This article is taken from the latest issue of Red Pepper – try our pay-as-you-feel subscription to get the print magazine
It all started at the Truman Brewery. Former M&S boss Sir Stuart Rose was there, and The Apprentice’s Karren Brady, and, er, June Sarpong. It was 12 October 2015, and the trendy east London venue was the scene for the launch of Britain Stronger In Europe, the official In campaign for the EU referendum.
It was reported mostly as farce. The Mirror’s Kevin Maguire called the event ‘dangerously uninspiring’ and ‘complacent’, and the press pointed out that they had named the campaign BSE, like the disease. It never got any better.
The referendum campaign was, in many ways, lost before it started. The mood music created by those early days said one thing, and one thing only, to the public at large: we are the establishment and we want to stay in the EU. If we’re honest, it didn’t even say that very competently.
Its favourite technique – one reminiscent of Better Together, the campaign against Scottish independence – was letters from chief executives. Its favoured messengers were Richard Branson (‘they’re 500 million customers’), Alan Sugar (‘they’re our biggest market’), and so on, as if half the population could be persuaded by an argument about export tariffs. Despite a late acknowledgment that other voices were needed, these messages – written by and for a small elite – continued all the way to referendum day.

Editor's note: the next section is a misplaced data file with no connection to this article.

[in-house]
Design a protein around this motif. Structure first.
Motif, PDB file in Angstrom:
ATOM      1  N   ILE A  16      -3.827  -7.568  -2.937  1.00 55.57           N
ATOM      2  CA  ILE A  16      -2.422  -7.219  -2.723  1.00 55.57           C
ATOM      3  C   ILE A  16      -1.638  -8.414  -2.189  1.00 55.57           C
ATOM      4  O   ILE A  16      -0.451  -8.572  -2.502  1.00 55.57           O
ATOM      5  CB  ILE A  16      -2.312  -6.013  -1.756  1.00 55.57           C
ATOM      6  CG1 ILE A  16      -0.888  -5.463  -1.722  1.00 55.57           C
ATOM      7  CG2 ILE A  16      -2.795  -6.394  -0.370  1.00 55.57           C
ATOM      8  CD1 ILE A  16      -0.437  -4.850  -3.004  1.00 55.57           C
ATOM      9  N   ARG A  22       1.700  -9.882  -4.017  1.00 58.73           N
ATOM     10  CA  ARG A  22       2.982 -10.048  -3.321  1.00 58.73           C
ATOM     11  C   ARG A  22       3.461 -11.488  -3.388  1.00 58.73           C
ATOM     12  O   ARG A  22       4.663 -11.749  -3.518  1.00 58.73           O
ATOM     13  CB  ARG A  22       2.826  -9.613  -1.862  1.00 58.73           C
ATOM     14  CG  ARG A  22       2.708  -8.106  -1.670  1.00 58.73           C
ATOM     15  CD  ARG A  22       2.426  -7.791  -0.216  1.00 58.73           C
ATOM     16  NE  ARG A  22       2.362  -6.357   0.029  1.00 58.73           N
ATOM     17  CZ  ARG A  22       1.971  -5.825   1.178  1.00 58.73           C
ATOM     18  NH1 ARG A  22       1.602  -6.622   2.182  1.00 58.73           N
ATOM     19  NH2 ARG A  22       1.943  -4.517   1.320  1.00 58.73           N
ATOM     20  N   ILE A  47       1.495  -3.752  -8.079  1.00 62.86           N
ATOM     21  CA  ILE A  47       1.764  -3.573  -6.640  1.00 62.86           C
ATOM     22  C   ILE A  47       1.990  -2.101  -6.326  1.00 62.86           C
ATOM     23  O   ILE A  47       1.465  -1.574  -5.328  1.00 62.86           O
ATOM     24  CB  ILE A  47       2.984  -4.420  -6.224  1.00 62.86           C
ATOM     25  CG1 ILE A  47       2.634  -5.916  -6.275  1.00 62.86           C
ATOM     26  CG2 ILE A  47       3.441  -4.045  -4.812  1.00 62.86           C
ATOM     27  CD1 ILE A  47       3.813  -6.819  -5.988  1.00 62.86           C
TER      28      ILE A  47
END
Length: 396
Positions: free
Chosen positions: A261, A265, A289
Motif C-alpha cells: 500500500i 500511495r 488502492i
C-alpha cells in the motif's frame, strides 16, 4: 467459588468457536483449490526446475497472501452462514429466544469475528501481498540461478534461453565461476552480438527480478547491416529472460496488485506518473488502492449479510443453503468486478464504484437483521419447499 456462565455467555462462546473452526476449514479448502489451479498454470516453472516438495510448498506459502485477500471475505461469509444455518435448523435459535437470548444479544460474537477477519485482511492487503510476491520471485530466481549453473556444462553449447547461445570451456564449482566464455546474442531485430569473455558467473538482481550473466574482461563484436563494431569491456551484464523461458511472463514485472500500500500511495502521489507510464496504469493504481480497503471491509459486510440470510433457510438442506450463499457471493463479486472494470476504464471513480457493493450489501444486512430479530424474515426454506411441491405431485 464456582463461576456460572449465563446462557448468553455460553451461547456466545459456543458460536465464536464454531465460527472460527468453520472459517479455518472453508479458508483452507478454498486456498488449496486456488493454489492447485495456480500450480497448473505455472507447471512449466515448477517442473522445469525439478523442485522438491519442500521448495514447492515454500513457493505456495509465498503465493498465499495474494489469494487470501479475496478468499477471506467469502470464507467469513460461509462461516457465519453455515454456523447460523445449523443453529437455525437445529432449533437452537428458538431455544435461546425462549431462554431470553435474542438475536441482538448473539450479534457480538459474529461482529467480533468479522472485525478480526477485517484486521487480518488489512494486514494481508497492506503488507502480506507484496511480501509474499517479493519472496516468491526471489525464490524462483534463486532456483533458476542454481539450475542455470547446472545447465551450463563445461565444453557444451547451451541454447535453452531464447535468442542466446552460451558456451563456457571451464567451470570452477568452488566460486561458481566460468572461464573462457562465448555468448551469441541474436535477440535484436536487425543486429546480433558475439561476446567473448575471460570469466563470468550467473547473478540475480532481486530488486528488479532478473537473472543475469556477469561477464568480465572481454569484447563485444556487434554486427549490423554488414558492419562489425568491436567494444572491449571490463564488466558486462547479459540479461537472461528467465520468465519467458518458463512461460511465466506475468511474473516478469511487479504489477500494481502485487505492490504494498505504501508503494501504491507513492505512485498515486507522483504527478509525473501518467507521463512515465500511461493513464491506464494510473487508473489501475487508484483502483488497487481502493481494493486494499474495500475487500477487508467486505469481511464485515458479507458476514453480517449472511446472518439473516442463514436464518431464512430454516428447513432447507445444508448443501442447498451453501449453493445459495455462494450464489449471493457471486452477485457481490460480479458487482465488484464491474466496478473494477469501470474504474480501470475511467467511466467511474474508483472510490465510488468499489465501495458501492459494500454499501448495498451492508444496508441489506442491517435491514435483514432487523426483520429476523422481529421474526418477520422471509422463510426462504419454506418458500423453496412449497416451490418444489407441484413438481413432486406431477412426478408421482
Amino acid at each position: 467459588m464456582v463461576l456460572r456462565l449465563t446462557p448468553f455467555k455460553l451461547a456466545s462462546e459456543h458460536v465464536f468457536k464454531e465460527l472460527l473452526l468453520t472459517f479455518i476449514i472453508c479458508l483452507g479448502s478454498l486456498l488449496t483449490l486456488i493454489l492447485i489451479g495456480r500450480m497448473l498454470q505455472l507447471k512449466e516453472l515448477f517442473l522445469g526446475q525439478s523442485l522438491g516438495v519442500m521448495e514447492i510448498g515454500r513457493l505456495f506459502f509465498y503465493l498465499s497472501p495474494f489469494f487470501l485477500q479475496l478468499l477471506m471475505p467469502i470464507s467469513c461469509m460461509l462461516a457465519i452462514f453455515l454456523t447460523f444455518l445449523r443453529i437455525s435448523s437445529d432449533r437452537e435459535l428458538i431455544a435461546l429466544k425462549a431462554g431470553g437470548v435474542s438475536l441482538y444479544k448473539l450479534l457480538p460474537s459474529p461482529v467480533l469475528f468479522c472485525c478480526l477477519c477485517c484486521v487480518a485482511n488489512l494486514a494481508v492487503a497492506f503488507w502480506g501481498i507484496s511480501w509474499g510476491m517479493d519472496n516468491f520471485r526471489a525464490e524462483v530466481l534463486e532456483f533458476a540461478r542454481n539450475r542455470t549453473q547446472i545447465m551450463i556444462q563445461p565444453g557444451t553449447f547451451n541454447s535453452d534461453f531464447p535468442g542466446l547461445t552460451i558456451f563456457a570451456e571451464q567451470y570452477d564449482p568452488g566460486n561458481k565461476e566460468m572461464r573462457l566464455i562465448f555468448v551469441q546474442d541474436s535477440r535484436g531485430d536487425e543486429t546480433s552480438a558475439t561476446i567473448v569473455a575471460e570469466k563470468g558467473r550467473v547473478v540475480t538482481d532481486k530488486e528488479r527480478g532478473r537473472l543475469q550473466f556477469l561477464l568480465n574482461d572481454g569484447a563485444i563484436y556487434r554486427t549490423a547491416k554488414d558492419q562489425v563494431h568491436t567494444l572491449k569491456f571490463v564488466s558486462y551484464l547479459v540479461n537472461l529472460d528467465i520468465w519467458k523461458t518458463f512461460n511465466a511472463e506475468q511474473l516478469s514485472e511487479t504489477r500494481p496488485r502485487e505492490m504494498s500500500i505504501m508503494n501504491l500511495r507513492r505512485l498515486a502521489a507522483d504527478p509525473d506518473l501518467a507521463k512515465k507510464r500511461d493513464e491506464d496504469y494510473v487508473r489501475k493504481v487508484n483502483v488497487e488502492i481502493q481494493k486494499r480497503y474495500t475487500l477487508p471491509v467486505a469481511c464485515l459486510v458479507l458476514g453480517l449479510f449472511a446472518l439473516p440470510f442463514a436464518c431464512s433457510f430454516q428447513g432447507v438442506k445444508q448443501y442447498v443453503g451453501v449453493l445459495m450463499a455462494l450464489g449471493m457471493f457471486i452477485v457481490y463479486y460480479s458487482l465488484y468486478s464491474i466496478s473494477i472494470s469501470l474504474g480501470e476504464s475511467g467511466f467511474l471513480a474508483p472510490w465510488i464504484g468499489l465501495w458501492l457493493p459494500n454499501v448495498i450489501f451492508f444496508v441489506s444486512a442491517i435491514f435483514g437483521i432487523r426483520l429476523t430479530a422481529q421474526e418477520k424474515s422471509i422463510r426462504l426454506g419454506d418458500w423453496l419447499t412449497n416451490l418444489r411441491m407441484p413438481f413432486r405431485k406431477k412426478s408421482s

As left-wing In campaigner Michael Chessum wrote, ‘Reading leaflets in the final week of the campaign, I half-wondered in exasperation if, next to Tony Blair and Karren Brady, Darth Maul (not even the A-list Sith Lord) would make an appearance.’
So where does Jeremy Corbyn come in? The central accusation against him is that he didn’t ‘do enough’ for the In campaign, and so didn’t persuade Labour voters to vote Remain. Let’s look at the facts.
The first and biggest one is that, according to Ashcroft polling data from voting day, 63 per cent of Labour Party members voted to remain. That’s nearly the same as the 64 per cent of SNP members who voted remain, and the EU is more popular in Scotland. No one called for Nicola Sturgeon’s resignation after the referendum.
A breakdown of spokespeople’s media appearances from the Loughborough University Centre for Research in Communication and Culture sheds some more light. Of Labour Party figures, Jeremy Corbyn easily tops the list, with 123 media appearances from 6 May until the referendum. By contrast, Alan Johnson – who ran Labour In For Britain and is lauded by Blairites as a great campaigner – made just 19 appearances.If it was up to Straw, the Labour leader would have been hanging out with Tony Blair and attacking migrants
What the accusation of ‘not doing enough’ really contains is the idea that Jeremy Corbyn would have been more effective if he had followed the official campaign’s uncritical approach and stayed ‘on message’ with fundamentally right-wing arguments.